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During the January-June period, imports grew by 9. 2 per cent on year to 38,801.2 billion yen ($389.147 billion) while exports rose 4.2 per cent to 33,957.4 billion yen ($340.5 billion) – a trade deficit of 4.8 trillion yen ($48 billion).
Economists say some of the deficit is due to the 2011 Fukushima nuclear crisis which forced the country to turn from nuclear power to more expensive fossil-fuel alternatives; some 90 per cent of Japan’s energy supplies come from imports.
The yen fell against the greenback by 18.9 per cent from a year earlier in the January-June period, the Finance Ministry said.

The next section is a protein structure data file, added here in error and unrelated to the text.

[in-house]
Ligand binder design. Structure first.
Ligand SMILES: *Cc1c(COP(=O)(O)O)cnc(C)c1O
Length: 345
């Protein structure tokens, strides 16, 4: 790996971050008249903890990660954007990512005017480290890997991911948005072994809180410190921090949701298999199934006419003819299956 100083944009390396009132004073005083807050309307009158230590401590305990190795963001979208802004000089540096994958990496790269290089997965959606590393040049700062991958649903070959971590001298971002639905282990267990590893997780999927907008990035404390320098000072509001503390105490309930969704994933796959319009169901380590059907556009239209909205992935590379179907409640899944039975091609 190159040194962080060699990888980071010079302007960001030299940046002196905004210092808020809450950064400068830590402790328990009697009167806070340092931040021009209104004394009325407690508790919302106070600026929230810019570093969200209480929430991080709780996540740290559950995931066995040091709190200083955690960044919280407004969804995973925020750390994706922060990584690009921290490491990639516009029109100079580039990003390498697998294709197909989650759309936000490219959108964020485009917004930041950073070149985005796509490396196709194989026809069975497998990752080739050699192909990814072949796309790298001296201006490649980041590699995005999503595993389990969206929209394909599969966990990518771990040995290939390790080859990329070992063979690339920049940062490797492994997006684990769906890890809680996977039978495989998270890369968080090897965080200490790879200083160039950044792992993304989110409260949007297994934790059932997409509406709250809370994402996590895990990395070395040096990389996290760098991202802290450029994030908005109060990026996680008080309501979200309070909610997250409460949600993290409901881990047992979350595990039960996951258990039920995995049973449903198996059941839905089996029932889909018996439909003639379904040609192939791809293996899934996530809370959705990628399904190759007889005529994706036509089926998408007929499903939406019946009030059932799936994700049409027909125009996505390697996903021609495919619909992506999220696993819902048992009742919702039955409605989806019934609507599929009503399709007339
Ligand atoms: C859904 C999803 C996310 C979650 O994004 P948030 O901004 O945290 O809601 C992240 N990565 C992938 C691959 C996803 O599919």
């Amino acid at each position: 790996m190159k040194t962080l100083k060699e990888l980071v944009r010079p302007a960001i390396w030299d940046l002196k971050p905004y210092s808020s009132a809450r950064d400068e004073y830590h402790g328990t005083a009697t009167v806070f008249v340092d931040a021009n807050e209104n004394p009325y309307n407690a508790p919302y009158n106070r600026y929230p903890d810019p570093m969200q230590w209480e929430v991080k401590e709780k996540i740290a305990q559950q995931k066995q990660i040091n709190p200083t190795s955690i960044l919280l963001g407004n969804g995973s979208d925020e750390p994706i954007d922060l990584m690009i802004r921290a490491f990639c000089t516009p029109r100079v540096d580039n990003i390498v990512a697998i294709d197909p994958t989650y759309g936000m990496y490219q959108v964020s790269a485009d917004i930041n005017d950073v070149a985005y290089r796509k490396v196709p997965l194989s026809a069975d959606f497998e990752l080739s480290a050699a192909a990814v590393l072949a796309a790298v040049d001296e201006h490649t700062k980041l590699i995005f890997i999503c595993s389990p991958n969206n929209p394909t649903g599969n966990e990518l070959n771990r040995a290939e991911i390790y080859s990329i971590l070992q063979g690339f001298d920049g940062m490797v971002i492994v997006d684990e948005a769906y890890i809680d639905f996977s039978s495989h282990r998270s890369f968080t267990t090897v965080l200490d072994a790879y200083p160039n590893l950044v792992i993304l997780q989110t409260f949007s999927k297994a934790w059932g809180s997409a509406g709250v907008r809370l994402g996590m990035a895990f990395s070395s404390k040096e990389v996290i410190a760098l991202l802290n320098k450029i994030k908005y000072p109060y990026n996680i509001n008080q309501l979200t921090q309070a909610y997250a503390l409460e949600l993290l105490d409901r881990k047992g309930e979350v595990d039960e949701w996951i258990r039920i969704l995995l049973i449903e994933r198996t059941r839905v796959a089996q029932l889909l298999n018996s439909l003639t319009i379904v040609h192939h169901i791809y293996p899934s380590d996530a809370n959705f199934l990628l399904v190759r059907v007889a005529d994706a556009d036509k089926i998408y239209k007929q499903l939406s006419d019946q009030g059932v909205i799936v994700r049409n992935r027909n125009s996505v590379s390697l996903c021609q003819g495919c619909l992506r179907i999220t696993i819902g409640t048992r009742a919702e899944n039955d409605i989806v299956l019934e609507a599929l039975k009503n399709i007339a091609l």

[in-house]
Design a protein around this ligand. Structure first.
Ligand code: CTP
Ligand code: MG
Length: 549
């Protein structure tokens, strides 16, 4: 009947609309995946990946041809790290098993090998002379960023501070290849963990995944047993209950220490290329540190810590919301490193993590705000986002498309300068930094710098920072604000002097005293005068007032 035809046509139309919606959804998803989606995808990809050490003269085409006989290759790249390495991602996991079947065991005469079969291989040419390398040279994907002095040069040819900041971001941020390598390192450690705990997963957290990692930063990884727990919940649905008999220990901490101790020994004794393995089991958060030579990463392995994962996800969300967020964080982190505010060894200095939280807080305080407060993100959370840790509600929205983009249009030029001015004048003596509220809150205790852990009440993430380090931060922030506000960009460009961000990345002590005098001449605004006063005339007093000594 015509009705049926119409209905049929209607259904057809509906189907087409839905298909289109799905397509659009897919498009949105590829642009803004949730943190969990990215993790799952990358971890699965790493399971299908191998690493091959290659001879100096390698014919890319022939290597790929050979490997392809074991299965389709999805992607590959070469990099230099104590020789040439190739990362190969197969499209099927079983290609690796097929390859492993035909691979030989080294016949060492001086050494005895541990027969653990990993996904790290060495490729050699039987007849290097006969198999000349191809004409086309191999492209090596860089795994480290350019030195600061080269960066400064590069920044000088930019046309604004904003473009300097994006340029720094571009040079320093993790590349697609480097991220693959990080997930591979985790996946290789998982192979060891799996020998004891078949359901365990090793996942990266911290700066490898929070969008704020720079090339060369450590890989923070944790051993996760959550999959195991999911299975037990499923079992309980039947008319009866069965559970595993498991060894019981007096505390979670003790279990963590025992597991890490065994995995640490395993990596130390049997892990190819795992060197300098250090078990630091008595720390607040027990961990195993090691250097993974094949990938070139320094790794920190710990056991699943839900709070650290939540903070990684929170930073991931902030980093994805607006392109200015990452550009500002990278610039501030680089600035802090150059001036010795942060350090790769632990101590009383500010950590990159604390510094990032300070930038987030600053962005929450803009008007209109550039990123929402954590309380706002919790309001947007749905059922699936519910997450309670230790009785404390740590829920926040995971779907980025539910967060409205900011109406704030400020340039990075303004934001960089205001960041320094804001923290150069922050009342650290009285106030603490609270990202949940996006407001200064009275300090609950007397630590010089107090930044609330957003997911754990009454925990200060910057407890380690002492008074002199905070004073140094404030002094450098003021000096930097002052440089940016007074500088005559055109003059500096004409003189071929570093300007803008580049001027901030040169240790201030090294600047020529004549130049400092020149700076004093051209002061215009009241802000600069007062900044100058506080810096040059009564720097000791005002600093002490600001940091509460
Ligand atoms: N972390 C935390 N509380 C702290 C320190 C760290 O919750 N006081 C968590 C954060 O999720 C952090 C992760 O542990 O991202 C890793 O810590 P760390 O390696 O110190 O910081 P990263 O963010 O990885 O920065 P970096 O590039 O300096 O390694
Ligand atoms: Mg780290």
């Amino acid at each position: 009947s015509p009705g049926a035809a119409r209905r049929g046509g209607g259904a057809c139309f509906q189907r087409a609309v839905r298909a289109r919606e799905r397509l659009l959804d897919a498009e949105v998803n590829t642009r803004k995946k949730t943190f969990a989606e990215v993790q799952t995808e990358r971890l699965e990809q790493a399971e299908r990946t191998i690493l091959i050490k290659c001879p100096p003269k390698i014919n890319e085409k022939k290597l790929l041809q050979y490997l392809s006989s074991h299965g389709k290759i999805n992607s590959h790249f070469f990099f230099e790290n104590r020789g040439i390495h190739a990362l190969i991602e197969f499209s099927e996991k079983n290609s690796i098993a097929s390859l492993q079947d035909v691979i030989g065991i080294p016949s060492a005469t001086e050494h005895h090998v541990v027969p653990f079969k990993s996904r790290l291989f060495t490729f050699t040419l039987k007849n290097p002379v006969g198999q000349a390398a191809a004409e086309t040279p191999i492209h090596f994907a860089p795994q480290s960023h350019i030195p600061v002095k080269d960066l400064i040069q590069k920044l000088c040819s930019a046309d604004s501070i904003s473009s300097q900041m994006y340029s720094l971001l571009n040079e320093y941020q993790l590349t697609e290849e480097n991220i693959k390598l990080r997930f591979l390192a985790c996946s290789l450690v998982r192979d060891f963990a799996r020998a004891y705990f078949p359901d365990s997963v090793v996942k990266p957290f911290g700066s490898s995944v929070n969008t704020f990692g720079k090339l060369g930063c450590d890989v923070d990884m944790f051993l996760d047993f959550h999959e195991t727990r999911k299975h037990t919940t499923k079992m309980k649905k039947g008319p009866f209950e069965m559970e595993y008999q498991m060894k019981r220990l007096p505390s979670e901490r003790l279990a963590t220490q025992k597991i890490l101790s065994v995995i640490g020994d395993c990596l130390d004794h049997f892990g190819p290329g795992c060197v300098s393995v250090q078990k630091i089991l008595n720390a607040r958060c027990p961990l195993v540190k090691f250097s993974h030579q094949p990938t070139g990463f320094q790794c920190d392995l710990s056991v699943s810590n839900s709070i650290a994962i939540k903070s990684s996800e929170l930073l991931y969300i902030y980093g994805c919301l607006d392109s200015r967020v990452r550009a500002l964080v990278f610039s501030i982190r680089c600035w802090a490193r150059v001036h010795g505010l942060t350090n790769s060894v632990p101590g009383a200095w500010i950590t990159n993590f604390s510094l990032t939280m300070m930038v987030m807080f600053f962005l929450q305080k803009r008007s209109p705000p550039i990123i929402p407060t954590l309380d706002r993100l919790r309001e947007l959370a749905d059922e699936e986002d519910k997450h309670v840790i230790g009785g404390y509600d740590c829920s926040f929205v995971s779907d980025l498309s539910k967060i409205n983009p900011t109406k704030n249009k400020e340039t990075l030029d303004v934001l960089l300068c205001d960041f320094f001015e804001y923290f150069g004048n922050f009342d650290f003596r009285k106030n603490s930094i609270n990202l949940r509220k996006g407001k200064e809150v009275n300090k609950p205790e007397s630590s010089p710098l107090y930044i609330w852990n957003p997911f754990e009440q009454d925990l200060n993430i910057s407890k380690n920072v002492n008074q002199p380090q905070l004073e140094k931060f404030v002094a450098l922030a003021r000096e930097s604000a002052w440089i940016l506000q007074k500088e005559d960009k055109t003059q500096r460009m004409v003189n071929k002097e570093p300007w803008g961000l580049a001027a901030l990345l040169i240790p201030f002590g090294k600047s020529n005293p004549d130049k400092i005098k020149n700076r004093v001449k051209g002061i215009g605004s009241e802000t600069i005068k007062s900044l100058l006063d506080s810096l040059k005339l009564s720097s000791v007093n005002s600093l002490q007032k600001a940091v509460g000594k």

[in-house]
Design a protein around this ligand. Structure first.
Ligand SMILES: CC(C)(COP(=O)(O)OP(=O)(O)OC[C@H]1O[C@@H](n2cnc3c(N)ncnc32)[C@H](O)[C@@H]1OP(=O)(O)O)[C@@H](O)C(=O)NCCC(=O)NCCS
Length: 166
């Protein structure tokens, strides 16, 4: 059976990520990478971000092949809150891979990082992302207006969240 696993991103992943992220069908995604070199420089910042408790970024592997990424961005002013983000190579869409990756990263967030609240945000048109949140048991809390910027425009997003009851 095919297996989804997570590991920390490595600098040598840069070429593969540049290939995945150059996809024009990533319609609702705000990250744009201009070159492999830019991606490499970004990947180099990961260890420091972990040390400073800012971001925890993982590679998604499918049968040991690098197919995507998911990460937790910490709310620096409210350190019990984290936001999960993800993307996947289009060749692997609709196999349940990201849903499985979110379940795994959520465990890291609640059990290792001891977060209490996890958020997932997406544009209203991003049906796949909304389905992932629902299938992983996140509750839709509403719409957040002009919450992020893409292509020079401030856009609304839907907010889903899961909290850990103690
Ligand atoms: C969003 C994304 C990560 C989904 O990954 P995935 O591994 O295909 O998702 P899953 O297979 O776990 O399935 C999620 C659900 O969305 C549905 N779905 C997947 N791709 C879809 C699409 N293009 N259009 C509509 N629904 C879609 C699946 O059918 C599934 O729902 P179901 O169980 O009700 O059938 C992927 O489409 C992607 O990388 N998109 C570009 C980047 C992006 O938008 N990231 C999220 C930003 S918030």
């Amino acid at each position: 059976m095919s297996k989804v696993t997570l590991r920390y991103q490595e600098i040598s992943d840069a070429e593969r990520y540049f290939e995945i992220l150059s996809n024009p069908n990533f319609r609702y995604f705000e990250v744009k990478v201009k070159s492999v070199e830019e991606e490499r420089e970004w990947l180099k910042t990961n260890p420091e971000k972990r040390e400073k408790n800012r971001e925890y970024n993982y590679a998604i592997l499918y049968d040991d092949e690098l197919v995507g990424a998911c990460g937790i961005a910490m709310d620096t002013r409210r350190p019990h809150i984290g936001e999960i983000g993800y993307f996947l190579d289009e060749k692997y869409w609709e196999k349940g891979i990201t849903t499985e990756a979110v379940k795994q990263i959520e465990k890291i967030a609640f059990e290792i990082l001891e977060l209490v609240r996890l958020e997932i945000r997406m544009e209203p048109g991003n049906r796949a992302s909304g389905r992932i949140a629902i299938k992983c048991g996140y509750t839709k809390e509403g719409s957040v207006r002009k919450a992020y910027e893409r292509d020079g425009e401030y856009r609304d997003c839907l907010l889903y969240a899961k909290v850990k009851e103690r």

A falling yen should theoretically encourage and strengthen exports by making Japanese products cheaper abroad and boosts the value of overseas revenues in yen terms. However, it also has the secondary result of raising import prices.
That means Japanese imports – of everything from German and US automobiles to other manufactured goods – will become more expensive, pushing the consumer to buy locally made products.
In late January, finance ministers from a number of G8 and developing countries, including Russia from BRICS, accused Japan of manipulating the gradual devaluation of the yen since September in order to give its exports an advantage.
Japanese officials rejected the charge saying that the yen’s nearly 13 per cent drop at the time was merely a correction from already too-high levels.
Japanese officials fired back saying the Bank of Japan adopted monetary policy to ease deflation and rejected accusations of currency manipulation.
“The criticism of currency manipulation is misplaced,” then Finance Minister Taro Aso said.